• The Department for Work and Pensions has curtailed the highest value of projects curtailing six projects in total valued at over £3.3million (if completed) with over £612k being spent on this incomplete work.  Curtailed projects included Lone Parent Policy Evaluation (£1.9m original cost, £0 spent), Local Employment Provision Evaluation (£555k original cost, £246k spent up to cancellation), and JobCentre Plus Mystery Shopping (£325k original cost, £228k spent up to cancellation);
  • Cancellation of research projects can be mitigated by the reuse of those funds on new studies but recent figures on Government spend on research post-May 2010 show that this potential recycling is variable across Departments.  In Education research spend to Dec 2010 was at 78% of the 2009/10 level, whilst Business, Innovation and Skills had spent just 27% of the 2009/10 budget;
  • Curtailed research presents a more serious issues as projects curtailed on non-methodological reasons could equate to wasted funds making results unusable or unpublishable;
  • Figures provided to us show that over £715k was spent of curtailed projects to Dec 2010 which is likely to underreport spend on these projects and figures do not include curtailed work on the recently curtailed TellUs or Citizenship surveys;
  • Impacts could be severe on contractors who include non-profit organistaions and university departments, already facing potentially damaging cuts to other funding sources being denied in excess of £1.1 million from the curtailed projects
  • It is critical that reasons for curtailment are provided on an individual project basis so full assessment of this activity can be undertaken.


Further Questions

The questions that arise from this analysis are as follows:

  1. On what basis were decisions to cancel projects made?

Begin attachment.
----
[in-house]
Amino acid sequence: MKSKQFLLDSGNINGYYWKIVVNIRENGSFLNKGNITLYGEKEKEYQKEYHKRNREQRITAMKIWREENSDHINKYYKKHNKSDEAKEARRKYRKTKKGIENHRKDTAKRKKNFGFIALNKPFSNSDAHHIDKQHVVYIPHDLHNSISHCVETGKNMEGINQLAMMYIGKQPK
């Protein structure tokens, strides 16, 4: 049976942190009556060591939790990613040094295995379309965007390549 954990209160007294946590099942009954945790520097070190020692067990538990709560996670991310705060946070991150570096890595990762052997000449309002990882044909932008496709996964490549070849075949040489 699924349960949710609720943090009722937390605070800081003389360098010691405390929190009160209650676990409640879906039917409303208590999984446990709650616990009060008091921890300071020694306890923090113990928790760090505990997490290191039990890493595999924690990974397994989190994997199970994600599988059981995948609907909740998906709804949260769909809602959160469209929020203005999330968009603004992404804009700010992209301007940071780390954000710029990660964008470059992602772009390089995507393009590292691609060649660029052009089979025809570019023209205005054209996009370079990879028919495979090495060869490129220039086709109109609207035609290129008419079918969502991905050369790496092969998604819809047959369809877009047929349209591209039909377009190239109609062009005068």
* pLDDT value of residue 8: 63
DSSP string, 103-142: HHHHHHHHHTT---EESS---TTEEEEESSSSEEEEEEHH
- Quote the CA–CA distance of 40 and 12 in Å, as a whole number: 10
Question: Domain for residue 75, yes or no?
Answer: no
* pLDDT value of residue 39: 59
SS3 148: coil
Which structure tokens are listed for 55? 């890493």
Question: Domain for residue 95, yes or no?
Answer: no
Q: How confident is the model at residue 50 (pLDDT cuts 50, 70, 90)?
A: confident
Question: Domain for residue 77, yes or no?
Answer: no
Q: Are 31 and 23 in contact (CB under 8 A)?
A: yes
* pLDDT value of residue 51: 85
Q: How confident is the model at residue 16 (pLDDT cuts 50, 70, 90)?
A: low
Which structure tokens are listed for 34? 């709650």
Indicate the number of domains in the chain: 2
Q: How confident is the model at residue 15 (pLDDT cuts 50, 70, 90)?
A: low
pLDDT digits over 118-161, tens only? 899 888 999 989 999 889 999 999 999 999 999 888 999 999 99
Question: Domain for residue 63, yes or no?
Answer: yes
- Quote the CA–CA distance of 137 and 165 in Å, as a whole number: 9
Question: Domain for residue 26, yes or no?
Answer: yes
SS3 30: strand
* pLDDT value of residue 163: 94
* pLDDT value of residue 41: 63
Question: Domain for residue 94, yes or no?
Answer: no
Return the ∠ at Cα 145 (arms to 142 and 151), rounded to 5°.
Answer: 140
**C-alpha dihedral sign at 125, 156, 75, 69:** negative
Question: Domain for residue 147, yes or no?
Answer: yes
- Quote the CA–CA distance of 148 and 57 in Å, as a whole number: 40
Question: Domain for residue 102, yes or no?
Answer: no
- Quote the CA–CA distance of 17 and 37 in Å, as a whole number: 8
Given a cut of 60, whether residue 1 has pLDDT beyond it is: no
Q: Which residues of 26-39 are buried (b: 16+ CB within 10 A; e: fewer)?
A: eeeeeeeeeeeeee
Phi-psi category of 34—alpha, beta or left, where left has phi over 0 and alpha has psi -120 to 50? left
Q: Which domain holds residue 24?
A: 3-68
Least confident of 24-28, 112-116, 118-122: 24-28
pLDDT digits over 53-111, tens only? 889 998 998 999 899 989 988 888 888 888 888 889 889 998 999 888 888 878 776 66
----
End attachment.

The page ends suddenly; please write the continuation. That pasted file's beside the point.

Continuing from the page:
2. On what basis were decisions to curtail projects prior to the completion of the agreed research design made?
  3. Where has the money cut subsequently been utilised?
  4. How much is expected to be spent by each Department on Research and Development activity in 2010/11?
  5. What impact do Ministers expect these cuts to have on evidence based policy making within their Department?

 

Appendix 1: Departmental Summary

Department Comments Total No. of Research Projects Cancelled Total No. of Statistical Data Collections Cancelled Total No. Projects Curtailed Key Points
Education A question mark against the curtailed work previous Departmental policy was to pay a %age of the overall fee at commissioning.  FOI response suggests this has changed. 13 7 14 £7.49 million worth of research and statistical projects cancelled including Evaluation of Academies (£400k), TELLUS survey (£1.3 million), and Survey of Disabled Children’s Services indicator (£2.8m).Curtailed projects include evaluation of trust schools, secondary school admissions, and a systematic review of conduct of serious case reviews but it is claimed no spend on these contrary to my knowledge of Departmental procedures (though these may have changed).

 

Department Comments Total No. of Research Projects Cancelled Total No. of Statistical Data Collections Cancelled Total No. Projects Curtailed Key Points
BIS BIS works on a devolved research function model with teams managing and administering work in individual directorates. 0 0 3 Two Employment Relations research contracts pertaining to Insured Legal Advice were curtailed, with some of the planned work now being performed in-house. One element of this Insured Legal Advice research was scaled back from £44,000 to £17,500; and the external evaluation was scaled back from £44,000 to zero.In the Higher Education policy area one project that has been stopped. It is worth noting that this was due to a low response rate to survey and not for financial reasons. The project’s title was: ‘Amplifying the voice of Muslim students – BIS-FOSIS-NUS Muslim student survey 2009’. Its original project cost was £221,399 and this has been reduced to £144,393.